Set up a large number of large thermonuclear bombs in a sphere around the correct mass for the star you wish to create and explode them simultaneously. This will create two roughly spherical shock waves one travelling toward the center of the sphere, another away from it. If the explosion was powerful enough to overcome the pressure of the gas cloud, the shock wave travelling towards the center will not stop until it has compressed the gas enough for it to collapse on its own gravity and form a star.

• “large” thermonuclear bombs? Sounds like it takes exploding stars to create new stars on demand. Aug 22, 2016 at 7:17
• @JDługosz The scale is certainly like that, but the amount of energy needed would be much smaller. With exploding stars only incidental amounts go towards creating concentrations of mass and vast amounts go towards dispersing surrounding gas. With "stellar engineering" nearly half of energy would go towards compression, I think. Aug 24, 2016 at 6:36

Build a really big ramscoop (a set of magnetic fields that funnel material toward a central point):

http://en.wikipedia.org/wiki/Bussard_ramjet

But reduce constriction so you don't actually achieve fusion. For propulsion use whatever it is that you're already doing as a type II civilization. Now the end result of running your ship through the GMC will be compressed "strings" of material, but it's still the H2 that you want to build your star out of.

By running the ship in several tight loops (think a spring or slinkie) you should be able to create enough of a clump that it will start pulling together under it's own gravity. Over time it will pull in more of the cloud and eventually turn into a star.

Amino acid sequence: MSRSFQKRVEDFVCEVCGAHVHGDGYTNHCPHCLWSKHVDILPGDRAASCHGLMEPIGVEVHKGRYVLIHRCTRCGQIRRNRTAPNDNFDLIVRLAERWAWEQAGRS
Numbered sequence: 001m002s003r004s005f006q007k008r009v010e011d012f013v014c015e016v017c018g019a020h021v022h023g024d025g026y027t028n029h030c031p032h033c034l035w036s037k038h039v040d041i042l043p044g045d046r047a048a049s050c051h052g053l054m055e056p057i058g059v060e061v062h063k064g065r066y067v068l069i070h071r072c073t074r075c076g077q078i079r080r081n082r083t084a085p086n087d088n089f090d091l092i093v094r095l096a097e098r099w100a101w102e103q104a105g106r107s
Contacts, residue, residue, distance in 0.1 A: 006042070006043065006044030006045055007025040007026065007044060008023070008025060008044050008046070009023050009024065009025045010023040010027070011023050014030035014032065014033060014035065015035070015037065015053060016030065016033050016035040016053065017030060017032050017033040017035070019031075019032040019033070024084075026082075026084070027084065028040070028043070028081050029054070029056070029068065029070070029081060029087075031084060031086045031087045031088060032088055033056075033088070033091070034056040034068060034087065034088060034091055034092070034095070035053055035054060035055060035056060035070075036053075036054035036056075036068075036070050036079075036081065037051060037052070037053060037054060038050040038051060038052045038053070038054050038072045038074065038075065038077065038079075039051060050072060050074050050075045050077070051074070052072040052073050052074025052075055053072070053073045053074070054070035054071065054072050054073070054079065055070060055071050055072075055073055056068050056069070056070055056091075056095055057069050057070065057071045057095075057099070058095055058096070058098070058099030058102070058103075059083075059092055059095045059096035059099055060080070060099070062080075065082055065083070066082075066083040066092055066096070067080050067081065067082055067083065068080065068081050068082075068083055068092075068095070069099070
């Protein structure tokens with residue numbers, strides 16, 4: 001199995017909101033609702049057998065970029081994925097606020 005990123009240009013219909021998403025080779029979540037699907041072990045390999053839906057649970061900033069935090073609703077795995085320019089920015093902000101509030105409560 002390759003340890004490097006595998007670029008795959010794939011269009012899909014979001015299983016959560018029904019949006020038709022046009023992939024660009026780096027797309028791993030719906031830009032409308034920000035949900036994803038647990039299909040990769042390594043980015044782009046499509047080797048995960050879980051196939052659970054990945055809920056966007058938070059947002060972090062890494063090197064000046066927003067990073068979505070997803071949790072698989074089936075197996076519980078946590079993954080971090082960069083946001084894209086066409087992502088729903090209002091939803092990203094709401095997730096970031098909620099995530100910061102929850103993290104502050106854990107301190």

I am not well versed enough in the physics to be sure, but you might have to do several clumps to get your target stellar mass (assuming they'll eventually fall into eachother).

Physics: If there's a black hole nearby which is spewing out a powerful jet, the civilization could "just" redirect that jet to compress the cloud. By flipping the black hole sideways or setting up a ramscoop as proposed by Dan Smolinske.

Chemistry: The cloud is not collapsing because its pressure counteracts gravity. A "death star size" machine produces a cloud of particles which reacts endothermically with elements in the cloud (possibly as a catalyst, to reduce the amount of material produced). This cools the cloud, reducing the pressure. Alternatively, the new molecules have new degrees of freedom so that radiation can be absorbed as say rotation of the molecule, or they are able to radiate heat more efficiently in the infrared frequencies in which the cloud is transparent. All this reduces the kinetic energy of the cloud particles, reducing pressure and allowing it to contract.

Pulse X-Ray, Gamma and other high energy laser beams at precisely calculated areas of the cloud, ionizing the gas molecules that the beam passes through - ion attraction will condense those areas and eventually lead to stellar formation. (Ironically) Solar sail equipped magnetic field generators sailing through the cloud would also accelerate the condensation process in a largely automated process.

If we assume you have access to some kind of anti-gravity and artificial gravity technology, then just stick a gravity generator in the cloud, turned on to its maximum setting, and wait a few thousand years.